Succession process for Byrd is 'murky'

It's unclear whether there will be a special election to fill the remainder of the late Sen. Robert Byrd's (D-W.Va.) term.

West Virginia Gov. Joe Manchin III (D) has the authority to appoint Byrd's interim replacement and decide whether to call for a special election. 

If a vacancy is declared more than 30 months before the expiration of a senator's term, the appointee serves until a special election is held, according to the state's election code.

Byrd passed away early Monday. His ninth term was to end Jan. 3, 2013.

If Manchin declares Byrd's seat vacant before July 3, according to the state code, there would have to be a special election, likely set for November.

Declaring the seat vacant after July 3 would mean the interim senator would serve until January 2013.

A spokesman for the West Virginia secretary of state's office said they are consulting with Manchin's office to determine how to proceed.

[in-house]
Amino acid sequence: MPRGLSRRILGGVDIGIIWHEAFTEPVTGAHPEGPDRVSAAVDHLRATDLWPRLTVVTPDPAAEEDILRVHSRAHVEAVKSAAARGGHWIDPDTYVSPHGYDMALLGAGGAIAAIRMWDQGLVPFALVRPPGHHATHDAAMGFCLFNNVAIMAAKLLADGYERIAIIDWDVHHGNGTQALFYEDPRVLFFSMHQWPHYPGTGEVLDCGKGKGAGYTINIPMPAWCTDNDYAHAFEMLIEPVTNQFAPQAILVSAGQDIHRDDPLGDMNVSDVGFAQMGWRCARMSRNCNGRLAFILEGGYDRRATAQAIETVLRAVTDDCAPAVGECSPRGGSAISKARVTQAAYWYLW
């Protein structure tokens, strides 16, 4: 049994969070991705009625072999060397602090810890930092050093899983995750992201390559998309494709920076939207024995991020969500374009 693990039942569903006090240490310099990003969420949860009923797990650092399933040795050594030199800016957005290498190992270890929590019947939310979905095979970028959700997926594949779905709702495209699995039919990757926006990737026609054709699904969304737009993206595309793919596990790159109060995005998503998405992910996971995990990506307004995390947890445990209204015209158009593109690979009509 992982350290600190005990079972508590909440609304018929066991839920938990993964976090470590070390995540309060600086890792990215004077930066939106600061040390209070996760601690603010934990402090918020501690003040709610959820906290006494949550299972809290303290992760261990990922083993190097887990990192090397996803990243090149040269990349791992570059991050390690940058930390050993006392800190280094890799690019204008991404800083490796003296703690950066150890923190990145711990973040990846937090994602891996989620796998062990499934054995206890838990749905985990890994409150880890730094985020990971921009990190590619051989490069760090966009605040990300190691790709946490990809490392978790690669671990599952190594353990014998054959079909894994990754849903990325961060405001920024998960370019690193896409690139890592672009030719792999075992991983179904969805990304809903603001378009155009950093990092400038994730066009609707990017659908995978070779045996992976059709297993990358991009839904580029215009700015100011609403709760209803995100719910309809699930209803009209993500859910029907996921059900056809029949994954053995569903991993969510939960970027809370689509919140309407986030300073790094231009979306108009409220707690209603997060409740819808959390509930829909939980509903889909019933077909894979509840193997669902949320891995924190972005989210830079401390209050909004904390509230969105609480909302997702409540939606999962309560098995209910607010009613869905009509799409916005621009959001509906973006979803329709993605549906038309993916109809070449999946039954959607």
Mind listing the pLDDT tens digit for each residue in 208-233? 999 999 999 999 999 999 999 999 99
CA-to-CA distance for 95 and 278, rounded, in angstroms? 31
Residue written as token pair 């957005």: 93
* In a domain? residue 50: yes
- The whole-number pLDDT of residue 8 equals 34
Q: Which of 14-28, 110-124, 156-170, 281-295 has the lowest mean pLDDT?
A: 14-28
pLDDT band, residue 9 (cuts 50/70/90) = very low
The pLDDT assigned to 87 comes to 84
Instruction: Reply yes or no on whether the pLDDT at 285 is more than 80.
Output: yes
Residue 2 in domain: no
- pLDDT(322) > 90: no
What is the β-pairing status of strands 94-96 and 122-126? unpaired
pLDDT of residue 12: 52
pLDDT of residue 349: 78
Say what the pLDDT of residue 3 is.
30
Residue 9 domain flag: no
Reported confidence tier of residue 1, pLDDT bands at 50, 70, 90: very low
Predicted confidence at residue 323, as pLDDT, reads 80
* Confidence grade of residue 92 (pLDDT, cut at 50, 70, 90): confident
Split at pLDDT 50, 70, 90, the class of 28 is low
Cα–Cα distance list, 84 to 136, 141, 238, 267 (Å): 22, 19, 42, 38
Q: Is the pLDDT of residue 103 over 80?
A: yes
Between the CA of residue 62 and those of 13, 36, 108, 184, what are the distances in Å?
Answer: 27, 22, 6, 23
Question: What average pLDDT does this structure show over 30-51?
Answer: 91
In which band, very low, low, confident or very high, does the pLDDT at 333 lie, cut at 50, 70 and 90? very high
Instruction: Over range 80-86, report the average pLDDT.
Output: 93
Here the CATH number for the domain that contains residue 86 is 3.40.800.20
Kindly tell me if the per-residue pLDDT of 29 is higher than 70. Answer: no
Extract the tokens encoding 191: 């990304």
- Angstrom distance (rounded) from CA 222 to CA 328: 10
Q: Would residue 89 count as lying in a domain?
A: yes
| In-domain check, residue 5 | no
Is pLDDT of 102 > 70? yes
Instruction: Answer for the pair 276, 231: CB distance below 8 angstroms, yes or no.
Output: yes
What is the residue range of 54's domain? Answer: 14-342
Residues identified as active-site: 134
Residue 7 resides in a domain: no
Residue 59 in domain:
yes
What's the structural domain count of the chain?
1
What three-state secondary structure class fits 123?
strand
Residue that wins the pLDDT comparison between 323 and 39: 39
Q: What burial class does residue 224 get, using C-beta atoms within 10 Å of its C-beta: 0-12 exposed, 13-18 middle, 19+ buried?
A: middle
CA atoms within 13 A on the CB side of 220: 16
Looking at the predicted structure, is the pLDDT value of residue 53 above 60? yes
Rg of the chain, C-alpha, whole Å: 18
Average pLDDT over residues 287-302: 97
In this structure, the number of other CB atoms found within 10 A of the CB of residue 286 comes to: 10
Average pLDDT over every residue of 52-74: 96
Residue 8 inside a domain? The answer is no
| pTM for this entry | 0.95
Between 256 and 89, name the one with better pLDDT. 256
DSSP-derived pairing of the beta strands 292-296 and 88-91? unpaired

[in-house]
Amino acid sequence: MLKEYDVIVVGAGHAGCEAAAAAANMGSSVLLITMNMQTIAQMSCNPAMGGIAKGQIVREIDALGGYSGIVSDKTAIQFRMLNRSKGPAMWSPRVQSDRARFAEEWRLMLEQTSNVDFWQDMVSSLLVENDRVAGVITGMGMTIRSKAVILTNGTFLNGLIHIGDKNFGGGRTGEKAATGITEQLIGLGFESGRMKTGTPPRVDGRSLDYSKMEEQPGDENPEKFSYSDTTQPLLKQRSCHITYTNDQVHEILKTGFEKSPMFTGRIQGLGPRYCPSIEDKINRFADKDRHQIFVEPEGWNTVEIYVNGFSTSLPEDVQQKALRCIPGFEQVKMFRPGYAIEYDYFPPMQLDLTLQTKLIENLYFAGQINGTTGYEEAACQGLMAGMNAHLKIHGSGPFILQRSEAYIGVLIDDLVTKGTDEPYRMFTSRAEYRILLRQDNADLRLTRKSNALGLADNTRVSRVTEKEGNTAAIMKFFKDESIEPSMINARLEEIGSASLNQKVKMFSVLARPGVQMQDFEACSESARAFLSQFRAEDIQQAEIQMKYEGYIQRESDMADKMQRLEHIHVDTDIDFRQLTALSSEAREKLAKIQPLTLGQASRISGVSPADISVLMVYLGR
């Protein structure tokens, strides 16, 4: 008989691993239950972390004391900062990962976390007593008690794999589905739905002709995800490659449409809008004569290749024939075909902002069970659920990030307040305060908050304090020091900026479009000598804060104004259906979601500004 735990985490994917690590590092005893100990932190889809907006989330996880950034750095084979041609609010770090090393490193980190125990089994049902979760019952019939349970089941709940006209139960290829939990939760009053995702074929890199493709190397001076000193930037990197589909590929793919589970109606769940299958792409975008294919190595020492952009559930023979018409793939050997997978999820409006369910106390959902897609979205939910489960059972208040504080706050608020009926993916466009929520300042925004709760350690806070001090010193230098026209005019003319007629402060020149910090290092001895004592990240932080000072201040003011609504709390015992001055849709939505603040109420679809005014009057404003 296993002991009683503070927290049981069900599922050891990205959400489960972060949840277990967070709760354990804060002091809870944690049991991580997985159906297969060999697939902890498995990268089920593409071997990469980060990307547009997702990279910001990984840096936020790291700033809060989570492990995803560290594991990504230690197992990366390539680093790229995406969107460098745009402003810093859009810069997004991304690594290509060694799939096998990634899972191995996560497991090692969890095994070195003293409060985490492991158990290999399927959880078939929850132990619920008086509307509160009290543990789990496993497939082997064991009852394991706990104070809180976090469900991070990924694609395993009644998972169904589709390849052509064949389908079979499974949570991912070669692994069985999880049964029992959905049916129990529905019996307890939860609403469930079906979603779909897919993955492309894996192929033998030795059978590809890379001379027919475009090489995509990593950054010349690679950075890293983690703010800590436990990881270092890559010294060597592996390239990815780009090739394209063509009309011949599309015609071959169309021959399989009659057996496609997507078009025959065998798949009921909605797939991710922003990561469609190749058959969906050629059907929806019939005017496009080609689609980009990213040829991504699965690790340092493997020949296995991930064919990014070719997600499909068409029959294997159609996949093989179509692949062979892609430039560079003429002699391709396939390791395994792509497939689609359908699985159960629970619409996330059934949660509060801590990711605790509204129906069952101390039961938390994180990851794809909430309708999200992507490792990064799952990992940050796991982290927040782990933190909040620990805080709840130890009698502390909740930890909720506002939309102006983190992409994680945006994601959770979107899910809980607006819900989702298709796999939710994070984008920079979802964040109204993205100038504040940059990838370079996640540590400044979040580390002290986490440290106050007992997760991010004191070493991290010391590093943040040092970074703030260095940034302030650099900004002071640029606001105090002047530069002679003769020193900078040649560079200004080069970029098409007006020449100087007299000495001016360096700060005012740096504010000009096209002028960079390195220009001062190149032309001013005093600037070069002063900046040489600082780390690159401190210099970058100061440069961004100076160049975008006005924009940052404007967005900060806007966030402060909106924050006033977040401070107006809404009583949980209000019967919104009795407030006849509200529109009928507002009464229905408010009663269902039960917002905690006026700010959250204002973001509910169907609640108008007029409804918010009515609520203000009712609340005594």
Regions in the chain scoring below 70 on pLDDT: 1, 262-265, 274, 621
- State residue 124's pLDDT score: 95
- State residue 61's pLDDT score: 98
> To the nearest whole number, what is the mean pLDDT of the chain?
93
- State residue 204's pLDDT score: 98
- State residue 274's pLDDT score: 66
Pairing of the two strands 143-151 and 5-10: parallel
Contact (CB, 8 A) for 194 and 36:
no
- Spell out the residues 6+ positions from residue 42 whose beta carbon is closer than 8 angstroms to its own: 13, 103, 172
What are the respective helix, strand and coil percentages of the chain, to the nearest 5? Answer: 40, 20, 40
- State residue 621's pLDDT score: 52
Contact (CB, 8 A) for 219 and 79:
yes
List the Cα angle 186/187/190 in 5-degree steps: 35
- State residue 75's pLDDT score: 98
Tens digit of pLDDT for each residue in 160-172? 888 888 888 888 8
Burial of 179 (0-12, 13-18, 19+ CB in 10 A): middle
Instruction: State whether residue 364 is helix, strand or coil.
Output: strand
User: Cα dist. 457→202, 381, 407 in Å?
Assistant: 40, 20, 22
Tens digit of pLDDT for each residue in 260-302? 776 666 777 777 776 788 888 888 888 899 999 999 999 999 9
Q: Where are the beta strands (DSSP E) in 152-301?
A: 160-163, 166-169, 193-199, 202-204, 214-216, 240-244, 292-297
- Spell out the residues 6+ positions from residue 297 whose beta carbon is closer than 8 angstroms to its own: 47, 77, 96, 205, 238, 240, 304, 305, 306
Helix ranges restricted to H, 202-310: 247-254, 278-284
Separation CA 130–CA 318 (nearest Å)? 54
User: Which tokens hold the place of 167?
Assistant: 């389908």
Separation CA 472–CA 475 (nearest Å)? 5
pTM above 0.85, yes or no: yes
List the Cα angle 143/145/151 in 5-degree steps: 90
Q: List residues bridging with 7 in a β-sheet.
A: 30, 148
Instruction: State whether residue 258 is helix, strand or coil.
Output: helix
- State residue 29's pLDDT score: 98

Manchin told the Associated Press Monday that he has no timetable for appointing a successor to Sen. Byrd. Manchin also said he has no intention of appointing himself to the seat.   

"Like all West Virginians, the news broke our hearts. Sen. Byrd was a fearless fighter for the constitution, his beloved state and its great people," the governor said in a statement Monday on Byrd's passing.

Secretary of State Natalie Tennant (D) issued a similar statement.

"We will never replace Senator Byrd," Tennant said in a statement. "He truly was a great West Virginian, and the people of our state have lost a trusted and powerful friend in Washington."

The Senate campaign committees are unsure what will happen next.

A spokesman for the Democratic Senatorial Campaign Committee called the process "murky."

Officials with the National Republican Senatorial Committee said Sunday they didn't expect a special election for the remainder of the term. 

— Updated at 10:45 a.m.